Harrigan's last season starts in fine form

BCO's 20th year kicks off nicely

Music Review

October 18, 2002|By Tim Smith | Tim Smith,SUN MUSIC CRITIC

The Baltimore Chamber Orchestra opened its 20th anniversary season Wednesday night with a typically colorful program and typically colorful performances.

Never mind that the actual kickoff was delayed by a persistent technical glitch with a short video of photos from the ensemble's archives, intended as a nostalgic salute. Once that little show finally got rolling, it turned out to be mostly images of founding music director Anne Harrigan over the years.

Of course, this is in many ways Harrigan's year, just as it is very much Harrigan's orchestra.

She announced last spring that she will be stepping down in 2004. She will remain as music director through next season, but will leave the podium free for many of the concerts so that potential candidates for her post can work with the orchestra.

That effectively makes this season Harrigan's victory lap, and if the rest of it is as effectively realized as Wednesday's concert at Goucher College's Kraushaar Auditorium, audiences are in for some enjoyable music-making.

The video business provided a visual counterpoint during the ensemble's buoyant playing of a short curtain-raising piece by Jim Beckel, who originally wrote it for Harrigan's other orchestra, the Lafayette Symphony in Indiana. The style of the score suggests that Beckel has heard a lot of John Williams soundtracks; it gets in the same sort of propulsive, brassy licks.

The Suite from Appalachian Spring, Aaron Copland's most beloved work, figured on the very first Baltimore Chamber Orchestra program. It made a fitting choice for a reprise now.

Harrigan took an unfussy, flowing approach that released the music's enduring charms. There was much to admire in the responsiveness of the playing, notably the strings and the clarinet and flute soloists. The idea of adding some lighting effects, including the inevitable fade to black at the end, could have come off as too hokey, but it worked nicely.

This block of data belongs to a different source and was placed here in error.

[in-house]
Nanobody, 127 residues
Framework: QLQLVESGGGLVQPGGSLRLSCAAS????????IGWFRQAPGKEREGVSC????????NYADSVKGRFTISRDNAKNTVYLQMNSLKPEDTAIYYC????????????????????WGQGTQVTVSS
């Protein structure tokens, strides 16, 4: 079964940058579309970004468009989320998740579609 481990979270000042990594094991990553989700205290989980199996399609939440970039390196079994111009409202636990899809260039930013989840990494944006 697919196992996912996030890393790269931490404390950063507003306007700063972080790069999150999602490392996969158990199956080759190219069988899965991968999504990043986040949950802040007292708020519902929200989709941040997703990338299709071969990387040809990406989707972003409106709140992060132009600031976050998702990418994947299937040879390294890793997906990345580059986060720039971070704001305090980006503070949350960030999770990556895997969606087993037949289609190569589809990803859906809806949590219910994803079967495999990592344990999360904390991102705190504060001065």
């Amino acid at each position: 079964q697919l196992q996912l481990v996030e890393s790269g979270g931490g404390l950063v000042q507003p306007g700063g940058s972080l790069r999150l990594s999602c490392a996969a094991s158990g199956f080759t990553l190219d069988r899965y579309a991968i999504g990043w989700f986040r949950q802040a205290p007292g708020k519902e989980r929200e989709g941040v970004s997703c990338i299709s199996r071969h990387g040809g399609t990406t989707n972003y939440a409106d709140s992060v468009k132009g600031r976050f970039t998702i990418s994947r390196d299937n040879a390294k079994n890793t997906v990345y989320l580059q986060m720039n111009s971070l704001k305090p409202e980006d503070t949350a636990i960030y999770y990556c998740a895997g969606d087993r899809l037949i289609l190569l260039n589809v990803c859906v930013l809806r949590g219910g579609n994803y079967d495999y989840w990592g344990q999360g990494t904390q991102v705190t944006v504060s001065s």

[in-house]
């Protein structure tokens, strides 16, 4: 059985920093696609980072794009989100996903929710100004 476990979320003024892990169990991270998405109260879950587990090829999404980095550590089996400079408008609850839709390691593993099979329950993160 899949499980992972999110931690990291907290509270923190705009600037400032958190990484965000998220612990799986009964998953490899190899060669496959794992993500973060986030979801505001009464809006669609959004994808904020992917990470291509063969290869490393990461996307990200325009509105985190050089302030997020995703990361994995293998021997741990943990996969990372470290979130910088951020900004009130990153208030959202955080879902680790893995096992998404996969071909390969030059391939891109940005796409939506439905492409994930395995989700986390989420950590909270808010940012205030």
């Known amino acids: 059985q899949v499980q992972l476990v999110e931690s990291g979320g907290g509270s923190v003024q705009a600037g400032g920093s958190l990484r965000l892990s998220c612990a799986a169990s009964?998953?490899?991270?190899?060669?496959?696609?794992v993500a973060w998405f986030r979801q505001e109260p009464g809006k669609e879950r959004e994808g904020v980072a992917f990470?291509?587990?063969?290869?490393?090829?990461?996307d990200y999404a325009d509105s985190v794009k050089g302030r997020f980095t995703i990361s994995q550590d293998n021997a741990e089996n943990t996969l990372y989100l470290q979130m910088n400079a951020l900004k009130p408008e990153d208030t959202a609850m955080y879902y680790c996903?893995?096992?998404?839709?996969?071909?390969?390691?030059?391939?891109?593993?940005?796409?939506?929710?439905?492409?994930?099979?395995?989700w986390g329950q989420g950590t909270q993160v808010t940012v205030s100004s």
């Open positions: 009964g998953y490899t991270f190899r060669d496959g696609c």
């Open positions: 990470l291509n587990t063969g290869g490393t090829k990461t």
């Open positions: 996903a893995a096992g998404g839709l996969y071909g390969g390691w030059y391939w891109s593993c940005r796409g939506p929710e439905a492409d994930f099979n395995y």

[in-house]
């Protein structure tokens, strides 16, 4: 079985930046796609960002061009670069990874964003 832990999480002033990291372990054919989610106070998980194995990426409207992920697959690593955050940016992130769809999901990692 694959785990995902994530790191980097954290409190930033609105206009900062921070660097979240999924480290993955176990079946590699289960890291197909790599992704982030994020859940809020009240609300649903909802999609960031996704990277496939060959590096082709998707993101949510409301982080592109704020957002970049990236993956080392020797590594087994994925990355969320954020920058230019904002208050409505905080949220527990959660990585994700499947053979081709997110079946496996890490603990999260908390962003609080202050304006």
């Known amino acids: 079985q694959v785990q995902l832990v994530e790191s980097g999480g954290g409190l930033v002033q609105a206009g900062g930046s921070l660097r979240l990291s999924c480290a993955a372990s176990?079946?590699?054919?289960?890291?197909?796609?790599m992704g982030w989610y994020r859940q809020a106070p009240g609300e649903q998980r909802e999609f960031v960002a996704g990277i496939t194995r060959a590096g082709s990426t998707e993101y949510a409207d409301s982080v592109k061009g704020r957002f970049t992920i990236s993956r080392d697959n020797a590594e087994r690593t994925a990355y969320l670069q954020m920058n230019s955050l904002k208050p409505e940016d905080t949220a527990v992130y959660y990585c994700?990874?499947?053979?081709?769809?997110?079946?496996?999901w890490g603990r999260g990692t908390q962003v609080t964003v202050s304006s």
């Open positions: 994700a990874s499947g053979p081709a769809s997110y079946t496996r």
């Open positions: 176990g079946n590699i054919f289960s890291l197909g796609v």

The rest of the evening was devoted to concertos for two pianos, featuring the Russian-born husband-and-wife team of Valentina Lisitsa and Alexei Kuznetsoff. Their playing remains as impressive as it was when they first came to attention on these shores by winning the 1991 Murray Dranoff International Two Piano Competition in Miami.

This dynamic duo enjoys effortless inter-communication, secure technique and a flair for expressive nuance. Lisitsa brings the greater degree of personality and bravura to the table, while Kuznetsoff's refined contributions enrich the overall effect considerably.

Francis Poulenc's delectably atmospheric D minor Concerto and the breezy elegance of Mozart's E-flat major Concerto are tailor-made for these pianists. They delivered both pieces with equal amounts of elan and sensitivity.

Harrigan missed a couple of opportunities to bring out the snap in Poulenc's score but tapped its lyrical beauty. Her pronounced affinity for Mozart was unmistakable; she had the orchestra shaping phrases with abundant care.

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